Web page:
BIG IDEAS FOR FUN IN OUR LITTLE MOUNTAIN TOWN
Whether skiing, Nordic cruising or Fat Bike trail riding, we have all the gear
and friendly local advice you need for a great time at our 3 BootDoctors’ stores.
Shout out to all our great local businesses who helped make this a memorable experience!
– Read the full story, from ROSE & IVY Travel Guide –
When it comes to winter travel destinations, a memorable trip includes an ample amount of time spent on the mountain skiing or snowboarding, soaking in the beauty of nature snowshoeing, or Nordic skiing, rounded out with delicious meals to refuel. Telluride, Colorado is an outdoor and na
Brain food is more important than we think.
According to an article by Tara Swart in Fast Company, yes you need to drink more water. But you might also like to try some magnesium salts. What else?
Read the full story below from TELLURIDE INSIDE & OUT.
Anyone whose job depends on their body-like an Olympic athlete, builder, or ballet dancer-needs a diet to match; they might start the day with a slow-release carbohydrate to give them longer-lasting energy. But few people with “thinking” jobs sit down first thing in the morning and consider which foods and drinks will help them make good decisions that day, improve their focus, and reduce stress.
Get the skinny on fat skis, rocker, on and off piste ski boots and lots more cool new gear that will give you the edge on your ski season.
You know the folks at BootDoctors are both smart and helpful. Bob Gleason has been a top trainer at Masterfit University for more than 30 years. Charlie Bradley, Sam Tischendorf are trainers for Masterfit as well. Our bootfitters are tained by the best of the best. That’s why they are part of the elite teams of reviewers for SKI Magazine and America’s Best Bootfitters.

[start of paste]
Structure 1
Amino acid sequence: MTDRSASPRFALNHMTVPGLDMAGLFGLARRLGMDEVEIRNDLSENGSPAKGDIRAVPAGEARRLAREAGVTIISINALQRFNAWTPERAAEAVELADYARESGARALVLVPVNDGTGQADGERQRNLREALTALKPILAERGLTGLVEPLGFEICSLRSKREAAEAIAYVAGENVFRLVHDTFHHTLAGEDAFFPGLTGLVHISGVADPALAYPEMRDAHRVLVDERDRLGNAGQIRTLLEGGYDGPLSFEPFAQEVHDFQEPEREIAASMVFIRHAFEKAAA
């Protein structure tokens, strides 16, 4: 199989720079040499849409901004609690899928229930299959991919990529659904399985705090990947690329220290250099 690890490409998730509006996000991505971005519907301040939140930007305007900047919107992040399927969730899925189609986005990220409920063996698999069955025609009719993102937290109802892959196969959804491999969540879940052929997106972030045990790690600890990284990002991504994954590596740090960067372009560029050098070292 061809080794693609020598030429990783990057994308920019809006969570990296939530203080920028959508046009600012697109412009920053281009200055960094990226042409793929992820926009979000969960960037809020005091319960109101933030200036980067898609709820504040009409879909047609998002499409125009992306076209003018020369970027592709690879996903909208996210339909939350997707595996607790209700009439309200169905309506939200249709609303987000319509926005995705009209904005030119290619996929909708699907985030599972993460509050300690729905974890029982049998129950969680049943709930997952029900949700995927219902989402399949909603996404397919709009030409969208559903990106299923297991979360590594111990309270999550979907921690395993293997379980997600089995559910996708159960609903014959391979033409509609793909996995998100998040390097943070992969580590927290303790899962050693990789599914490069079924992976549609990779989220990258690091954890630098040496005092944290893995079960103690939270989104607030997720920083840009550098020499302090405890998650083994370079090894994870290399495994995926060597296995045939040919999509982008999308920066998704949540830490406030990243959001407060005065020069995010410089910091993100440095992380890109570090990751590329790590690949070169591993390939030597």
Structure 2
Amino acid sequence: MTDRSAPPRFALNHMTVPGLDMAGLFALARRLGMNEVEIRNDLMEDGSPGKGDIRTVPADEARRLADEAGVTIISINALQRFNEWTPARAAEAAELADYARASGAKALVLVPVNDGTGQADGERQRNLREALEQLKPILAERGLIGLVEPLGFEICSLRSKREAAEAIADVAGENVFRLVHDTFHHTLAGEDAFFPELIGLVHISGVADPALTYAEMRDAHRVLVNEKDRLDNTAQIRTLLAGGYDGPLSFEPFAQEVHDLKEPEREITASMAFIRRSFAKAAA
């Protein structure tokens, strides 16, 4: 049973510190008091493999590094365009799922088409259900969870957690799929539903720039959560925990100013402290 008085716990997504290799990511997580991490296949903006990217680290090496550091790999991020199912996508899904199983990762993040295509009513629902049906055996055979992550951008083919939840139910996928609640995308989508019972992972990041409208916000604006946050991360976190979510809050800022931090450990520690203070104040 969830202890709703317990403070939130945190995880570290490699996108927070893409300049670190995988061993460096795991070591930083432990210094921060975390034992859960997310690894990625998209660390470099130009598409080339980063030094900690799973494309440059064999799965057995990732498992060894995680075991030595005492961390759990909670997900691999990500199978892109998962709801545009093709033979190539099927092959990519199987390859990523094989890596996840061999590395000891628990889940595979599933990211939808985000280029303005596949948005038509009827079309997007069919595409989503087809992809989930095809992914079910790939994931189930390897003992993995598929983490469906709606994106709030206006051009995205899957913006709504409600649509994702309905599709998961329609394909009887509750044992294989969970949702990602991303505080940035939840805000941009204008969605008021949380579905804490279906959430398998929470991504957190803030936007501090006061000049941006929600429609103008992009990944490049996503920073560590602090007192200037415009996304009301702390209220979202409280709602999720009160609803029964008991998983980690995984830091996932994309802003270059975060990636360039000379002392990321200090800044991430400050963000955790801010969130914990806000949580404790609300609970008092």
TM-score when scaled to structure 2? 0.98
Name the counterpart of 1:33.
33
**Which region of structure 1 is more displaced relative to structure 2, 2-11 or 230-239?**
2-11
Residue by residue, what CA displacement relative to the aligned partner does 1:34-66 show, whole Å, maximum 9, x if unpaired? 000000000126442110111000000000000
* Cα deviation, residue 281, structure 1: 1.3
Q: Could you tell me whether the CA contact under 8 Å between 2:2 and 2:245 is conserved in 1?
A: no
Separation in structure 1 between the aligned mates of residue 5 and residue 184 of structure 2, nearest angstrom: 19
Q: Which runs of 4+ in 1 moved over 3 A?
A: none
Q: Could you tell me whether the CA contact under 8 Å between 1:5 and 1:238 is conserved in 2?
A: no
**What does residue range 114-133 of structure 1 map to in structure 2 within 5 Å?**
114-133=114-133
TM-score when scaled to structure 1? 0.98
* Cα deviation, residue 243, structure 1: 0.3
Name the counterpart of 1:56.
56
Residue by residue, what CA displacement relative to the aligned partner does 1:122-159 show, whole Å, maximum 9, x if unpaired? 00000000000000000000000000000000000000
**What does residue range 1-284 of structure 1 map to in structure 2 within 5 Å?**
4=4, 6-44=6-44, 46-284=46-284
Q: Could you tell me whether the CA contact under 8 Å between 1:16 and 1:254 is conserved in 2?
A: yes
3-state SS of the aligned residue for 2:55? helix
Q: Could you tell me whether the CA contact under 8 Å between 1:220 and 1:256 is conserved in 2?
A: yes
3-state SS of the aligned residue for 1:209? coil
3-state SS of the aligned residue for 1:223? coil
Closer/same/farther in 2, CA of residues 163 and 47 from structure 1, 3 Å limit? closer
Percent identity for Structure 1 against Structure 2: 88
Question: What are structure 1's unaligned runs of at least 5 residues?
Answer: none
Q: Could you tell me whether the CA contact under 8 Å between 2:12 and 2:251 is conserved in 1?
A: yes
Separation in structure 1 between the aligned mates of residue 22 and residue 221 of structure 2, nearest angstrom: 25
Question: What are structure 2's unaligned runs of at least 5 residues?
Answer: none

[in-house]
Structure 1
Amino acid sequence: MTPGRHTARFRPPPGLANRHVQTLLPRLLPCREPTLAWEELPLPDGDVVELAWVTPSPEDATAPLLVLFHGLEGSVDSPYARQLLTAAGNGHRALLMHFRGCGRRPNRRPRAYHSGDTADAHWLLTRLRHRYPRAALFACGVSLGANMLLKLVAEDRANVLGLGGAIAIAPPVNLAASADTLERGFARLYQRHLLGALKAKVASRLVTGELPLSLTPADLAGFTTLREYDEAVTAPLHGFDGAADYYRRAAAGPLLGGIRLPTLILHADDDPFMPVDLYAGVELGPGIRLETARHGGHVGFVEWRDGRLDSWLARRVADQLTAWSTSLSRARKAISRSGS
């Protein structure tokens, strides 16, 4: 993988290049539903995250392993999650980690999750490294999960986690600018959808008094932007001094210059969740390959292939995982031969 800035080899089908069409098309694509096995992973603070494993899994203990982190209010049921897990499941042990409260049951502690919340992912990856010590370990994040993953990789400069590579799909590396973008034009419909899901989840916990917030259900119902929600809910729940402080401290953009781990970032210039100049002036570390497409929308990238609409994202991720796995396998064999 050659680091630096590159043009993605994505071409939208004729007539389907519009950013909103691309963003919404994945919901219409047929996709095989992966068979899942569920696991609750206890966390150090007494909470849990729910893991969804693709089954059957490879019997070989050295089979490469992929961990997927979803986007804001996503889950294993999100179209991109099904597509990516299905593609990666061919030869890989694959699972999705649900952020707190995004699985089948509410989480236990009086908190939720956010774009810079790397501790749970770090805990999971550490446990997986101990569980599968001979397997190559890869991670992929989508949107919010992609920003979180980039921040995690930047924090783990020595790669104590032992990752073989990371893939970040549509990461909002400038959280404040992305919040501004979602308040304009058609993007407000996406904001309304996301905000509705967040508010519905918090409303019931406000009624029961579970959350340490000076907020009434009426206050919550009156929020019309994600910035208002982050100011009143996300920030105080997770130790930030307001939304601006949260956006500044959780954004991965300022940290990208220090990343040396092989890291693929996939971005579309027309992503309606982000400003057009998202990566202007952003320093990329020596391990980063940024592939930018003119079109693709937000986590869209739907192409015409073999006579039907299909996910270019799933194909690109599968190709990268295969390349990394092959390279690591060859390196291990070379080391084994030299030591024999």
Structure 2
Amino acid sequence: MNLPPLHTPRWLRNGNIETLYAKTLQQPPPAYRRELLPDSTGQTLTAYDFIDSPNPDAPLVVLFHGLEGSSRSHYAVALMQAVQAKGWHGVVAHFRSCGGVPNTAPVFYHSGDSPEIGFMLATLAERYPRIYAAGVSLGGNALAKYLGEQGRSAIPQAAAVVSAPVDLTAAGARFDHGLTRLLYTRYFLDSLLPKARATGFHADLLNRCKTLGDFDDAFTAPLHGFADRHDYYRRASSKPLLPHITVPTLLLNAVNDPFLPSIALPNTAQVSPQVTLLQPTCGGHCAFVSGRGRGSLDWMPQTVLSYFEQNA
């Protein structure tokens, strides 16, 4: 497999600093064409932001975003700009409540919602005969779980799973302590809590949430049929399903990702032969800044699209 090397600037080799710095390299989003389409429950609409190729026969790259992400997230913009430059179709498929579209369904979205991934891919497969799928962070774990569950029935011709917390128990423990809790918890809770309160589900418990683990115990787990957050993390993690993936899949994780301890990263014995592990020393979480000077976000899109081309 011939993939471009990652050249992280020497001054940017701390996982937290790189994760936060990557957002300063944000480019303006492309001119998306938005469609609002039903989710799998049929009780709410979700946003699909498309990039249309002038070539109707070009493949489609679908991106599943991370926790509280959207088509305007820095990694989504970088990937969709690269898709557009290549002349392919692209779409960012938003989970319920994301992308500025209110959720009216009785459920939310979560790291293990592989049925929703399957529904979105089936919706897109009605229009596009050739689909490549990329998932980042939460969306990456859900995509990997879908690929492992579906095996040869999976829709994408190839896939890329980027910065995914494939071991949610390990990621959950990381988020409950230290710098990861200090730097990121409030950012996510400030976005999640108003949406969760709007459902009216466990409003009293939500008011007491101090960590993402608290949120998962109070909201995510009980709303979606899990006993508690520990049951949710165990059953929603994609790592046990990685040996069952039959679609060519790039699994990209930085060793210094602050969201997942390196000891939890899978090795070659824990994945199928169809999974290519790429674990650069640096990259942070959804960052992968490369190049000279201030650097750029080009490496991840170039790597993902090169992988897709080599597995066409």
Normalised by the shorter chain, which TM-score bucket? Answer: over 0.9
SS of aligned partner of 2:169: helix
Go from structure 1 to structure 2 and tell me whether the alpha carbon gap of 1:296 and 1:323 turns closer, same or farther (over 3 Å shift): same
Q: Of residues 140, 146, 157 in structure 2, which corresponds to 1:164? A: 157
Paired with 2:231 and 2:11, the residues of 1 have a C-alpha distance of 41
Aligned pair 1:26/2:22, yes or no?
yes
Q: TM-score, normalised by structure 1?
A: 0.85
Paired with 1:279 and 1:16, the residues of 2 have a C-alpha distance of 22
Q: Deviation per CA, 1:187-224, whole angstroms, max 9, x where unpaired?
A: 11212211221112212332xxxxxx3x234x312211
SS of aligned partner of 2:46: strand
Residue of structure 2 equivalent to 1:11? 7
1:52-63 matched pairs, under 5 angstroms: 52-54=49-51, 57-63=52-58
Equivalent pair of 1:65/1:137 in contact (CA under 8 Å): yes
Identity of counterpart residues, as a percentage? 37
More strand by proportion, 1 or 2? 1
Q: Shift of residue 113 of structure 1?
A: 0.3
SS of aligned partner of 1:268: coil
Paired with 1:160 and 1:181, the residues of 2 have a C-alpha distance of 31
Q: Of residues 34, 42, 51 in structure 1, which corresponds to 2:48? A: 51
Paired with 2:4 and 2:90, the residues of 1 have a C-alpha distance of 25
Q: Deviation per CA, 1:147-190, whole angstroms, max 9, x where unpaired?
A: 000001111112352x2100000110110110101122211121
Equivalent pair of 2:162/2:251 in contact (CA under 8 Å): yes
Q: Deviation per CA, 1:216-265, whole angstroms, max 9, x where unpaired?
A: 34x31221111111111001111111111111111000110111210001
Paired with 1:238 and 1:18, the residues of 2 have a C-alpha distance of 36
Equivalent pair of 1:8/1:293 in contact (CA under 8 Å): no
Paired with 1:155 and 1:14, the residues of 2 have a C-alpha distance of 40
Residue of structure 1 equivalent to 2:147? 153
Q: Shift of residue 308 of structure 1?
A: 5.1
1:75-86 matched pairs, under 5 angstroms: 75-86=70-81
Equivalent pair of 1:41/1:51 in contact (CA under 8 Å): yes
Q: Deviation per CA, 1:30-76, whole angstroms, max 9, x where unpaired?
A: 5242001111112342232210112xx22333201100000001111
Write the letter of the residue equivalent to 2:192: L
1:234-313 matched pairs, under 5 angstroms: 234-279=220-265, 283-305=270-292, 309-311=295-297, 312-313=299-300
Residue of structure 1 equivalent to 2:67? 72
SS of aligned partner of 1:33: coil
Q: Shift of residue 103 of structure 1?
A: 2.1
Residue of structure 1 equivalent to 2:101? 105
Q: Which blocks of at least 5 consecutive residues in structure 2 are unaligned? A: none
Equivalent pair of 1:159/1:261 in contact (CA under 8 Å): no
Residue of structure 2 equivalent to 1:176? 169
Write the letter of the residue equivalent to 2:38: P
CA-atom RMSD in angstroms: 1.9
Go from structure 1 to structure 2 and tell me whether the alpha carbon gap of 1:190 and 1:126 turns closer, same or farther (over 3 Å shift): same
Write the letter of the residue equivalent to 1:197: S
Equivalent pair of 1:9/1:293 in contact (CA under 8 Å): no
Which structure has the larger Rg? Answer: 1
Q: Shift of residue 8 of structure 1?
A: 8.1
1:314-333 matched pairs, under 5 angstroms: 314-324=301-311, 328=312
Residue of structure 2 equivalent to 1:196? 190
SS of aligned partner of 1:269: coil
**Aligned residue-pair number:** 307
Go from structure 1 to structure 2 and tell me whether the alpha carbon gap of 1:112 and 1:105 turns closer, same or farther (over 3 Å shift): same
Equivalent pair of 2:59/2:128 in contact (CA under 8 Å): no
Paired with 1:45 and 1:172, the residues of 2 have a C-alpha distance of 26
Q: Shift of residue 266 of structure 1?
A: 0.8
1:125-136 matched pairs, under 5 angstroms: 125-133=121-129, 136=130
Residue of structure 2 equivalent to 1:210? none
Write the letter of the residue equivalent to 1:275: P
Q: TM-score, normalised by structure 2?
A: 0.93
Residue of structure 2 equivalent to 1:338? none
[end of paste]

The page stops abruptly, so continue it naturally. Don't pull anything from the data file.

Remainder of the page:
Pick up a copy of the SKI Magazine Gear Guide 2018 and find out what your friends and trusted advisers at BootDoctors have to say about this year’s all mountain skis and boots. The print version has more details and more quotes from our folks so go ahead and splurge. This way you can get their signatures on this collector’s edition, making it so much more valuable! or click on this link to see the on-line version: https://www.skimag.com/gear
America’s Best Bootfitters provide comprehensive ski boot reviews, world class training and the shops that can execute it all. Arguably the number one source of expert knowledge of ski boots and bootfitting, ABB hosts it’s own boot test. Check out these even more detailed reviews at: http://www.bootfitters.com/reviews
After you fill your head with other people’s opinions, come on in to one of our shops and have one of our seasoned master bootfitters help you to choose the very best boot for you. You can reserve a bootfit appointment at our Taos Ski Valley or Telluride stores atour on-line reservation site here: https://rentals.bootdoctors.com/rent/bootfitting
Bob Gleason, Bob Remiger, Kelli Gleason, Charlie Bradley, Sam Tischendorf,
Linda Mogetz, Penelope Gleason, Mike Messer and Cale Adams all volunteered their free ski time to test gear.
Never Let Success Go To Your Head
Dr. Haley Perlus shares her sport and exercise psychology that we can all apply to our lives to keep us confident, motivated, and focused.
Check out the video & full article from TELLURIDE INSIDE & OUT.
We first met Dr. Haley Perlus at the Telluride WOW Festival. We asked if she would share her pearls with out readers. Haley’s advice tends to apply equally to sports – and to life in general.
Words: Allison Perry
Images: Kristofer Noel
On the phone last night with a friend who still lives in NYC, I mentioned that the next morning, this morning, I was awakening at 4:30 am to go skiing with my boyfriend before he had to be at work.
“Ugh. Are you serious?” she asked. “Why would you do that to yourself? I can barely get up at 7 to go to work. You’re crazy.”